2. O Saiyyan – Beautiful start to an interesting track with Piano and in comes Roop kumar Rathod accompanied by a group of soothing background singers. The song has a pinch of ‘Saware’ (shor in the city) in the beginning, but a very theatrical song otherwise. A song which talks about pain. Lots of it. The heavy violins featuring in every antraas add up to the theatrical feel of the song. I love the way Roop Kumar’s voice echoes. The song starts with a lot of promise but fails somewhere in between. My view.
3. Gun Gun Guna – Hello Sunidhi chauhan! Err wait! Why the song is so below average right from the start? Wait wait! Please lift it up. Ok. Failed! No problem. We know you are capable of much more. The song is an attempt to be the ‘Why so serious?’ item in the film. Might work. Didn’t for me. Udit Narayan is present just for the sake of it.
4. Shah Ka Rutba – Qawwali like starting and Sukhwinder confirms that it is a song to praise a human being as he is the special one to be blessed by the powers that be. Anand Raaj Anand & Krishna Beura give a good support to Sukhwinder and try their best to lift the song. The song is supposed to be ‘inspirational’. It might look like a treat on the screen and grown then, not now. Again, my view.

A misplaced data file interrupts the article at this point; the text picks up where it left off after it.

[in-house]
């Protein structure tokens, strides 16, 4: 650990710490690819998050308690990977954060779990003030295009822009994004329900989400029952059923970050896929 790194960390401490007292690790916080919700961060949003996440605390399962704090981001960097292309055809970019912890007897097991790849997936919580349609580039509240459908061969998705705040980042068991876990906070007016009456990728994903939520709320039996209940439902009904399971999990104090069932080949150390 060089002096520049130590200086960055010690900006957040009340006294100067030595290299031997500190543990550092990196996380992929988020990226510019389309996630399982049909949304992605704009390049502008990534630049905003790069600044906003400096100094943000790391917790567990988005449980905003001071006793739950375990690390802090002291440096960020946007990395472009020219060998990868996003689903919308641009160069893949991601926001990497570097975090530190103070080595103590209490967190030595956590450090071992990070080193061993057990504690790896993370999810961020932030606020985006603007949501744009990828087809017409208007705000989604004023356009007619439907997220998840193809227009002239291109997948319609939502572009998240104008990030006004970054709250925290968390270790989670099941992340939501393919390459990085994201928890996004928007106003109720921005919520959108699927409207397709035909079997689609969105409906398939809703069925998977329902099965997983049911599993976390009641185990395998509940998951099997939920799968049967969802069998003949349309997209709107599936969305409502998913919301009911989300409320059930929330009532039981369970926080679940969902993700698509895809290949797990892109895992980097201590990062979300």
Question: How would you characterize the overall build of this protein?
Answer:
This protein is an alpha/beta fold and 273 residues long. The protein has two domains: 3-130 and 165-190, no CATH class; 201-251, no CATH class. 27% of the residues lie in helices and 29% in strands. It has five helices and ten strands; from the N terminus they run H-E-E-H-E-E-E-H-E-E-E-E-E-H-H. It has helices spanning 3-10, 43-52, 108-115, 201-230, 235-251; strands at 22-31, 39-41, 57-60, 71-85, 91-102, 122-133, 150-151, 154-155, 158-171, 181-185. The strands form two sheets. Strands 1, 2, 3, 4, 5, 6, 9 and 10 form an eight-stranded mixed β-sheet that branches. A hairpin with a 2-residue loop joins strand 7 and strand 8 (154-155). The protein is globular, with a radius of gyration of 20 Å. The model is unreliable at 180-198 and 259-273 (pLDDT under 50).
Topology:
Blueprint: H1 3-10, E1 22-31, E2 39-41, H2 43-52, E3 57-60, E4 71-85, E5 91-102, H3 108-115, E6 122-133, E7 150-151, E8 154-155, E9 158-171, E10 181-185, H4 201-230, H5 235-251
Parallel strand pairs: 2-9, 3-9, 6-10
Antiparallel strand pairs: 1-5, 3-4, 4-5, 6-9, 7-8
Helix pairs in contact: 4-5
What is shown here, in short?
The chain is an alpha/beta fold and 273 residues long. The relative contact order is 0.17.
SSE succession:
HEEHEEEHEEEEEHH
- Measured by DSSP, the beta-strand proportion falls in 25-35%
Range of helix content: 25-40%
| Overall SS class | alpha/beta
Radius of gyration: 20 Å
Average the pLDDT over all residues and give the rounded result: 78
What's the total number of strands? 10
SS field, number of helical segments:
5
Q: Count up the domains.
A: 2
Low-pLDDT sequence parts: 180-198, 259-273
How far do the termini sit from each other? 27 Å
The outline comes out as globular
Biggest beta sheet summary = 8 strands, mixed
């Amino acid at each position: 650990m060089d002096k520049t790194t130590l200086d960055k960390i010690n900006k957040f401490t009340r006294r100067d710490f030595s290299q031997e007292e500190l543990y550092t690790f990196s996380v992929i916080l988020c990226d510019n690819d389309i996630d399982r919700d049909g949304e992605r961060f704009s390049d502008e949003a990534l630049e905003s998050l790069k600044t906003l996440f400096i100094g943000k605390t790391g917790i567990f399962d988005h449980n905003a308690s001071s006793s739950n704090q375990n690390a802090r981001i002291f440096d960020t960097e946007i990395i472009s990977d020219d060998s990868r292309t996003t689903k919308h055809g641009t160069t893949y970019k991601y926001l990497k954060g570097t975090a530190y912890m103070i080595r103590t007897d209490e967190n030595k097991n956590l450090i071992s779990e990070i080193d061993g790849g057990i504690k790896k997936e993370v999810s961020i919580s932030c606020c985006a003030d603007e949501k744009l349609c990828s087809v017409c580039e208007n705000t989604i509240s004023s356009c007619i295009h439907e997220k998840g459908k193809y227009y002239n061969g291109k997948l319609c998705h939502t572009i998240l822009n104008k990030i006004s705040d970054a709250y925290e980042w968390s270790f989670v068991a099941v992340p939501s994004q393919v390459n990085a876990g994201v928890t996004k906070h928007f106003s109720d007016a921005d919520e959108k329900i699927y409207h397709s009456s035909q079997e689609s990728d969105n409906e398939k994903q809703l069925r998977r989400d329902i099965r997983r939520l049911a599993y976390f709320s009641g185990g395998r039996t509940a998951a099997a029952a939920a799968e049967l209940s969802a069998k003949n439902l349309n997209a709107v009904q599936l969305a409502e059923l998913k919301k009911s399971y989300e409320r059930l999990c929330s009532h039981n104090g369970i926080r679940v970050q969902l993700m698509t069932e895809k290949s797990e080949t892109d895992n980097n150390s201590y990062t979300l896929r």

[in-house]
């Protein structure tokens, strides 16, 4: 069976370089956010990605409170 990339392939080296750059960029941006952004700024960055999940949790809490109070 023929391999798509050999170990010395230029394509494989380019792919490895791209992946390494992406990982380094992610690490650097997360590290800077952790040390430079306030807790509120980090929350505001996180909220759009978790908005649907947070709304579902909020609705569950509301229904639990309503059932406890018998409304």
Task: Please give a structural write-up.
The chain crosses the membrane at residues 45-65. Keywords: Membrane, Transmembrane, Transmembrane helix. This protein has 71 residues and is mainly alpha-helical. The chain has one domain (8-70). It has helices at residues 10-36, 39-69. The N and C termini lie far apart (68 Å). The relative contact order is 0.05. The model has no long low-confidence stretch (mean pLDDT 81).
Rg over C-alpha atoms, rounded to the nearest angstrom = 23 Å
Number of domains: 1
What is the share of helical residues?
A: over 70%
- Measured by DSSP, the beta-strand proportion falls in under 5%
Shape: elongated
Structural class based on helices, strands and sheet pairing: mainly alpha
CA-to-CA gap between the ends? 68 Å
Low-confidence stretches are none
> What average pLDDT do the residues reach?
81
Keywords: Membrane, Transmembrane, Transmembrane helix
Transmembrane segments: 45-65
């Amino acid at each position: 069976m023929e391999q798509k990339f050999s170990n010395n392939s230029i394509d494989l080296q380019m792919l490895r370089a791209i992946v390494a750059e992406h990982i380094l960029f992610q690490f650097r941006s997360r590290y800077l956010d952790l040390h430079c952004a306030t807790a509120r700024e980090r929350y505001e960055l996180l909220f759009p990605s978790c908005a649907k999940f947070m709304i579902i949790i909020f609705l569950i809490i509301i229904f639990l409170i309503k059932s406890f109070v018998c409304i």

5. Abhi Mujh mein – Sonu Nigam! An instrument light beginning with Sonu nigam taking the song to the peak and then calming things down almost instantly. Powerful lyrics and the tune which is similar in some respects to the track sung by Roop Kumar Rathod. Still one can actually visualize a pained Male Protagonist looking back in time and breathing, or at least trying to. Do catch the slow tabla and how it flirts with Sonu Nigam in the second antraa. Post the title song of Kal ho na ho, this is the song that would surely be a career milestone for Sonu Nigam and rightfully so. My pick of this album. Quite simply.